In one month after surgery, the ureteral stent was removed and on October 30, 2017, the surgery on the right kidney followed: lower calyx planar resection with pyeloplasty. Both surgical procedures were performed without the use of central ischemia to avoid acute kidney damage. Pathological evaluation showed muscle invasive urothelial carcinoma G2 with negative resection margin. Taking into account the result of pathology, multidisciplinary board decided to conduct two courses of the adjuvant platinum-based chemotherapy afterwards the surgery. As the eGFR levels were normal, with no performance status worsening, chemotherapy was equal to neoadjuvant and was well tolerated. Ureteral stent from the right side was removed 3 weeks after surgery.
It was decided to plan investigational visits every 3 months during 2 years and then — yearly. After 3 and 6 post-treatment months — CT scans, cystoscopy and urine cytology did not show any evidence of relapse or further progression (Fig. 3). Excretory urography was performed to assess upper urinary tract visualization 6 months after the surgery (Fig. 4). The patient regained his performance status (ECOG — 0, CCI — 3), eGFR level = 84 ml/min and life quality (according to SF-36).
Fig. 3. CT-scan 6 months after surgery: both kidneys perform with preserved size and range: left — 87 × 53 mm, parenchyma — 12 mm, right — 86 × 59 mm, parenchyma — 14 mm; mild retention changes in pyelocalyceal systems with no obstruction evidence
Fig. 4. Urography 6 months after surgery: retention changes in pyelocalyceal systems of both kidneys, ureters visualized fragmentally, not enlarged. After diuretic assessment, contrast leaves renal cavities; a — 5 min; b — 30 min; c — 40 min
RNU with ipsilateral bladder cuff excision still remains the gold standard for the treatment of localized UTUC. With the instrumentation technology improvement, endoscopic management of UTUC has become feasible, although there still remains a high risk of recurrence after such surgery. Early experience with endoscopic management of UTUC has been limited to the patients with solitary kidneys, bilateral disease, or those who are not surgical candidates to undergo RNU. Data from these cases, though limited to retrospective, unmatched comparative studies, demonstrates no short and mid-term difference in overall and cancer-specific survival between endoscopic management and RNU . The incidence of bilateral UTUC ranges from 3% to 5% in different series and data about their correct management are controversial. Some authors even suggested bilateral RNU with the following hemodialysis as an option , which limits possibility of further chemo- or checkpoint inhibitor therapy in the future. According to European Association of Urology guidelines, the only indications for systematically offering nephron sparing treatment of high-risk UTUC include anatomically or functionally solitary kidneys, substantial renal insufficiency with the impending threat of hemodyalisis or bilateral UTUC . We believe that due to low kidney function and high need of combining systemic treatment with surgical management the role of organ preserving strategy can be crucial.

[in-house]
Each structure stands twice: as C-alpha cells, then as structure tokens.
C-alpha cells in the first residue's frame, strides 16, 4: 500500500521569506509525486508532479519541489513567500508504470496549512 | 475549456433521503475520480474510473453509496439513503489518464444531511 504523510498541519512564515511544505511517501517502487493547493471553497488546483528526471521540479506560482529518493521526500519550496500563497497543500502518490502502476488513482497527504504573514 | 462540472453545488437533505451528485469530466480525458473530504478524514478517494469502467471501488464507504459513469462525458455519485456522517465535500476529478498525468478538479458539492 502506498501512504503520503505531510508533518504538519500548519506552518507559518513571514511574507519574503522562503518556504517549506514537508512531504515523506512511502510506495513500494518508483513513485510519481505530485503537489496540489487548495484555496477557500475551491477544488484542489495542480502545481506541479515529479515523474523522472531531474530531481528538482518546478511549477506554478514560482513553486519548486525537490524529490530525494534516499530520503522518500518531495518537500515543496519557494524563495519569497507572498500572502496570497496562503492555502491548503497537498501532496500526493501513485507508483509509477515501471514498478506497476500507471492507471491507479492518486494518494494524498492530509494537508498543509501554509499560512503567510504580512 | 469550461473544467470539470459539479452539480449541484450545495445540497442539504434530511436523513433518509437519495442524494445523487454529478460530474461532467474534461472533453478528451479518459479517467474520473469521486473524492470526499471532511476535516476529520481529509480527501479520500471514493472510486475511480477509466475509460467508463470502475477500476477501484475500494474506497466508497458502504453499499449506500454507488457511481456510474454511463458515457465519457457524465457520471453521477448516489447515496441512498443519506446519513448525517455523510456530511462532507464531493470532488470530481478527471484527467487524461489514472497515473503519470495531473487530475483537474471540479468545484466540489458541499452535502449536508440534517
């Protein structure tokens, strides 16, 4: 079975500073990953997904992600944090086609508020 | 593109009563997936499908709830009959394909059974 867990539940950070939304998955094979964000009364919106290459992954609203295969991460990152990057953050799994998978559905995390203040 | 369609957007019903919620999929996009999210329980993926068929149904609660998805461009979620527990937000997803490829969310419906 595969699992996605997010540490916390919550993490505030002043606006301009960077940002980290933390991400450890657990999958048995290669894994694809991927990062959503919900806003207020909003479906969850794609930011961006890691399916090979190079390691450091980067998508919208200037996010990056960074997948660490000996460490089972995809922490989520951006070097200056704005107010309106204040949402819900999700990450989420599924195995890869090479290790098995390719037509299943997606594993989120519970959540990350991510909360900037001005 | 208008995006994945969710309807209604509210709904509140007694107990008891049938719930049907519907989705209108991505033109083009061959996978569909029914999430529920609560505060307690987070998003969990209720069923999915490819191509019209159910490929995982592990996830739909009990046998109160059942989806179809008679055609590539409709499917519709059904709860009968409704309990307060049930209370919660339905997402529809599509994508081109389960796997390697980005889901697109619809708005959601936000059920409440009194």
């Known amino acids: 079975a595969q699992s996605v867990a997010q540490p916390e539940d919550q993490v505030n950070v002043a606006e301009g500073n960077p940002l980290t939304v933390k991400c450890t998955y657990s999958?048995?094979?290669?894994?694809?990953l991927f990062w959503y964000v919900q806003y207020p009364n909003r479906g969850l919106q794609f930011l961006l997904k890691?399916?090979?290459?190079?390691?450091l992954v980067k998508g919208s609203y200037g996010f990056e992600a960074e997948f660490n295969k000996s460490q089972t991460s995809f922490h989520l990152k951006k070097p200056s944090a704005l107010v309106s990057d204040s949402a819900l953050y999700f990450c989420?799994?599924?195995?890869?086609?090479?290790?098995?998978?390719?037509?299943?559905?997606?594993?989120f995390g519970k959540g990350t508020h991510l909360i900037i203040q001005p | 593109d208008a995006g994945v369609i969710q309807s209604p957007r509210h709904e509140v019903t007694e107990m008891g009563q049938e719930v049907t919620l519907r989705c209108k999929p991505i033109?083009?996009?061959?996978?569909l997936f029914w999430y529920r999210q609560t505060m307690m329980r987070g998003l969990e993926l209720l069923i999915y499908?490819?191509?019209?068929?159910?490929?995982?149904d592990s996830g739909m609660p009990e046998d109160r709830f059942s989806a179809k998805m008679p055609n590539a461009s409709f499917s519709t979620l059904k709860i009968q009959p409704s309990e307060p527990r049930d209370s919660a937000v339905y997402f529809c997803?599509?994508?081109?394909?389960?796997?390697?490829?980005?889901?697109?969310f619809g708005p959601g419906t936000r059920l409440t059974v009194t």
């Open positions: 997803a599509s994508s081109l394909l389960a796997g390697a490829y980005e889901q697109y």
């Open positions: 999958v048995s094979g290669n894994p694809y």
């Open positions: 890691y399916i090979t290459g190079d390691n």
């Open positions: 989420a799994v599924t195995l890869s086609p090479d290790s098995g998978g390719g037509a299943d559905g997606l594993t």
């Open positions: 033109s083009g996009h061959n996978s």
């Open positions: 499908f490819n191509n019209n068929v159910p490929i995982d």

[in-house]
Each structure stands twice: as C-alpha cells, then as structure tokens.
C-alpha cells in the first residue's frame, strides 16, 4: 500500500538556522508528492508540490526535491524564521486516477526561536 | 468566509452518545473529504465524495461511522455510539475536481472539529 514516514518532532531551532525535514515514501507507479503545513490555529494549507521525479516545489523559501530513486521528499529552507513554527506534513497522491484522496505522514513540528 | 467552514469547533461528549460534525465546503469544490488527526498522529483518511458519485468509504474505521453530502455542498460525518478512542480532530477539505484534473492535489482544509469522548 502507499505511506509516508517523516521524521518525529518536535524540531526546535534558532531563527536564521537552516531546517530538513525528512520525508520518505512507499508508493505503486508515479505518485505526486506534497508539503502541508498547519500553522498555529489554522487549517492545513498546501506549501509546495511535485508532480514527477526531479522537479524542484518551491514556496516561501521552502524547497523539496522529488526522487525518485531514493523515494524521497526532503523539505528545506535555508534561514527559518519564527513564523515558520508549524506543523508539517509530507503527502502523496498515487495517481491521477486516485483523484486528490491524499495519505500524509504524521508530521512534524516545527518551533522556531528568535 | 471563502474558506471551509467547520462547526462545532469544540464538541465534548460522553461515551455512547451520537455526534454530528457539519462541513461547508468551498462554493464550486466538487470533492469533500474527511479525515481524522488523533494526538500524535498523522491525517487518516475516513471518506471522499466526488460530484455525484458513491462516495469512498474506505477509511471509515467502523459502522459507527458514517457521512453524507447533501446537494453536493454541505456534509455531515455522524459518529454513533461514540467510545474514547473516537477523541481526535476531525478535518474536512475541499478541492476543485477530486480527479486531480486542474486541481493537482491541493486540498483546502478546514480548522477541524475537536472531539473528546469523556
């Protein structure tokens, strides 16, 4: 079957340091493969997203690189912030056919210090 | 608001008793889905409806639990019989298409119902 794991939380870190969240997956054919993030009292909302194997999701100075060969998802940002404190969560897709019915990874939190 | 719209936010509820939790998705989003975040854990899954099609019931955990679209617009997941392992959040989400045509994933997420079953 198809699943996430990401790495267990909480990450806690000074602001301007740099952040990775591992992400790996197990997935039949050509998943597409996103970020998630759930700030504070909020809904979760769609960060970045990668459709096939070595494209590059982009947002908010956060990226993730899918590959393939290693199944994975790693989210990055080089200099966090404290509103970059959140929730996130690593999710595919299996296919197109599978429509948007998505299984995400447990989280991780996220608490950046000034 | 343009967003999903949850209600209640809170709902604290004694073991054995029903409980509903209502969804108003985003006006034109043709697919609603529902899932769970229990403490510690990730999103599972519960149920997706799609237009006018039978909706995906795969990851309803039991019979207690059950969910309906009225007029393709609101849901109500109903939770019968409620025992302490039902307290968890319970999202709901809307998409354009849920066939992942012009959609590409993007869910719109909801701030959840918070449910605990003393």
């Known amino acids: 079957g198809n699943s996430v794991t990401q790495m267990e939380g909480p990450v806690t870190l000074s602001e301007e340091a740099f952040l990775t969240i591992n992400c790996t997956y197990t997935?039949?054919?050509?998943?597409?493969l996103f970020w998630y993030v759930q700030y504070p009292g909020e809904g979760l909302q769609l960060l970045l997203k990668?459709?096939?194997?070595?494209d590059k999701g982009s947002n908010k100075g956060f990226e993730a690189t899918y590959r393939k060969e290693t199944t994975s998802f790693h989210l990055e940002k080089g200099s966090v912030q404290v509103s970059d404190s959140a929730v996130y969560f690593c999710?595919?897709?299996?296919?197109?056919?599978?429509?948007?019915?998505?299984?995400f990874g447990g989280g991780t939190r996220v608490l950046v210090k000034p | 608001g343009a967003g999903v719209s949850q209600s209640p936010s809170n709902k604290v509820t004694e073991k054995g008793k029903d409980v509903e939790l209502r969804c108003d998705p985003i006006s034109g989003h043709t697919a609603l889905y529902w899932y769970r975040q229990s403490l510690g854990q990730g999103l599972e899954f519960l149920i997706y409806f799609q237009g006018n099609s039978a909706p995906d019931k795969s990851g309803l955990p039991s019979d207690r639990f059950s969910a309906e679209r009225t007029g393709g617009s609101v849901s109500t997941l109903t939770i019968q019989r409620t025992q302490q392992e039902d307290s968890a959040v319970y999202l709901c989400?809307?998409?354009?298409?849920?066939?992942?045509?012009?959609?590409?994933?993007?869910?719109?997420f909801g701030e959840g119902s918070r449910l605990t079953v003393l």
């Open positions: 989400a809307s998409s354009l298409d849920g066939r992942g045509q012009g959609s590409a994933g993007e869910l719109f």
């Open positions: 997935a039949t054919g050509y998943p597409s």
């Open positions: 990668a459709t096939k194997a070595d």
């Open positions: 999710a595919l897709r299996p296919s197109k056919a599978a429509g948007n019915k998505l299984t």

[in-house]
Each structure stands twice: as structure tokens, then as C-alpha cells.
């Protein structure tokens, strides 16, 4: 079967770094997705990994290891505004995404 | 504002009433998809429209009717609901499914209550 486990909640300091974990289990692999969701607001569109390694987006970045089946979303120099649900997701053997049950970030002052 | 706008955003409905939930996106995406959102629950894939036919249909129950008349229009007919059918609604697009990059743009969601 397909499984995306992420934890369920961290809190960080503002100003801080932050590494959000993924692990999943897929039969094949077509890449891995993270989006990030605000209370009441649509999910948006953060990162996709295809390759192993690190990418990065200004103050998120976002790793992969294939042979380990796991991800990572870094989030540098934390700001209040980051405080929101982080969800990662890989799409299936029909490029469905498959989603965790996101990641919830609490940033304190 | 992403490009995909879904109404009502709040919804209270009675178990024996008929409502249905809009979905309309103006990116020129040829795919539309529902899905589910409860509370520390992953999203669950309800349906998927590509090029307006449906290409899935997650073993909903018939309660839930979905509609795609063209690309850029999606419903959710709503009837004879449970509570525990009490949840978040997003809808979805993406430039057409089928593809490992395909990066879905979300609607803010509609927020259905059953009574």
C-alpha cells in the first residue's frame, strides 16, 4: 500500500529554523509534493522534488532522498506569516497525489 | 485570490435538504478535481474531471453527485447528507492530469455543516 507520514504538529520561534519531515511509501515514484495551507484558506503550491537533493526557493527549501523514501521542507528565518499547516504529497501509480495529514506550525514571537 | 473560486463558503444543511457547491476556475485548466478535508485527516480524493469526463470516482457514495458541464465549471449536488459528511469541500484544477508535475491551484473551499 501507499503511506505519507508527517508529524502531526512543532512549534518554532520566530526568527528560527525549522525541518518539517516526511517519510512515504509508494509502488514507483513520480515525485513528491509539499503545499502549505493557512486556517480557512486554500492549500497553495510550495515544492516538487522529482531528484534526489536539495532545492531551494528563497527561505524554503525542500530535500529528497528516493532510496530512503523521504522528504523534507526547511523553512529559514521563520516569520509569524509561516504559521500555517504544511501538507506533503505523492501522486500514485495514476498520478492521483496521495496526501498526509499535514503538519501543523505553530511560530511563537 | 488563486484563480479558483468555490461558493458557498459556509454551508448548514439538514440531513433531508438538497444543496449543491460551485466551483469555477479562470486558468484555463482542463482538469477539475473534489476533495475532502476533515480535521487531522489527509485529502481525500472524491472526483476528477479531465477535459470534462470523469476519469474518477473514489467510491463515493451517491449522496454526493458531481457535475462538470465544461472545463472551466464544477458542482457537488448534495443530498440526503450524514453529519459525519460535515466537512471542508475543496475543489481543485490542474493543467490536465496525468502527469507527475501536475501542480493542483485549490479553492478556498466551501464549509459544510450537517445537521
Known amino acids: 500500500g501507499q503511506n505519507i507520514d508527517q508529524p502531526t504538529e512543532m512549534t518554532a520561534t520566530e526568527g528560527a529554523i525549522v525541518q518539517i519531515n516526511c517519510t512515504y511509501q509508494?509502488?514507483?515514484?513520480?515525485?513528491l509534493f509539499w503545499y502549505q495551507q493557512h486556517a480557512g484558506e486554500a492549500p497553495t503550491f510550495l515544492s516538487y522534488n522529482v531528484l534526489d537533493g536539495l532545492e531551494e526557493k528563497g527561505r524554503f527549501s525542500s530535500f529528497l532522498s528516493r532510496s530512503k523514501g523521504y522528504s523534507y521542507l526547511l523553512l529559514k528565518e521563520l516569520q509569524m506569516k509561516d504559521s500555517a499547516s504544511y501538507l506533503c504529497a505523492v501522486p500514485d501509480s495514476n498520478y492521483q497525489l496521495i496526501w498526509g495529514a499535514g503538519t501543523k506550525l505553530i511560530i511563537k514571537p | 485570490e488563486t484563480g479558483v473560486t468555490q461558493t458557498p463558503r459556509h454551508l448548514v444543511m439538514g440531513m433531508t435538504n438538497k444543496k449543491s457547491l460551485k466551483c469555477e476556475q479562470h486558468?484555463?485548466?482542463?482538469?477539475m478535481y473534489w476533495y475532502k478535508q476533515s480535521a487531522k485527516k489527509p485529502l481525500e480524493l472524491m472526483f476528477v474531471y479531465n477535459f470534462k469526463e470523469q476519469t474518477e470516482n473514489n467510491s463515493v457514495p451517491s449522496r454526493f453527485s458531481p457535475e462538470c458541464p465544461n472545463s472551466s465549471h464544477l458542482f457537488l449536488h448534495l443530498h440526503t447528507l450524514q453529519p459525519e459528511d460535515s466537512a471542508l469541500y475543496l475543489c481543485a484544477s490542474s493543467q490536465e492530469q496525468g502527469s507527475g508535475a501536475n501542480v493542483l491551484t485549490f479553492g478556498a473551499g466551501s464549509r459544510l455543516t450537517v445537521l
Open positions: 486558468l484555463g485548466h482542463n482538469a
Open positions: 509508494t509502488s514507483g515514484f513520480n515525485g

In the presented clinical case, we have met with a complex problem, due to existence of bilateral urothelial cancer and hydronephrosis. UTUC was diagnosed due to the debut with anuria and the acute need in two-sided percutaneous nephrostomy. After management of acute post-renal kidney insufficiency, it was decided to use neoadjuvant platinum-based chemotherapy as an option, taking into account good performance status, eGFR level and high risk of nephrectomy on the left side. As the chemotherapy was well tolerated with excellent regression level, it was decided to split surgery into two interventions on both sides, starting from a more complex one on the left. Both interventions had no major perioperative complications (Clavien — Dindo grade II, managed conservatively) and preserved kidney units. Taking into account good functional outcome and kidney preservation, it was decided to administer adjuvant chemotherapy due to invasive tumor growth on pathology. Finally, the patient does not have any relapse or further progression after one year of initial treatment with good performance status and high life quality level.
UTUC is a complex disease that is often followed by chronic kidney disease prior or after surgery. The clinical cases differ by their features and often need individual management strategy development. In the case presented, we focused on kidney function preservation due to his young age and feasibility of chemotherapy. The chosen strategy should avoid early cardiac disease development and postoperative need in dialysis. Nephrostomy prior to chemotherapy allowed not only to improve eGFR levels, but also raised accessibility of chemotherapeutic agents to tumor. Good regression levels made it possible to conduct organ-preserving surgery on both sides thus avoiding any major complications postoperatively. The kidney preserving strategy can be considered as an option not only in low-, but also high-risk patients. In our mind, in such cases, renal function is crucial and remains the main parameter that can influence outcomes. Survival levels of UTUC cohort suggest a need for further search of the ways to improve treatment results.
The prevalence of bilateral UTUC is very low. The tumor characteristics and renal function are informative for decisions concerning treatment strategies. UTUC remains an aggressive disease with high progression levels. The role of organ-sparing surgery is still controversial, although kidney function preservation can be crucial and influence outcomes. Prospective multi-institutional studies and molecular research are required in the future.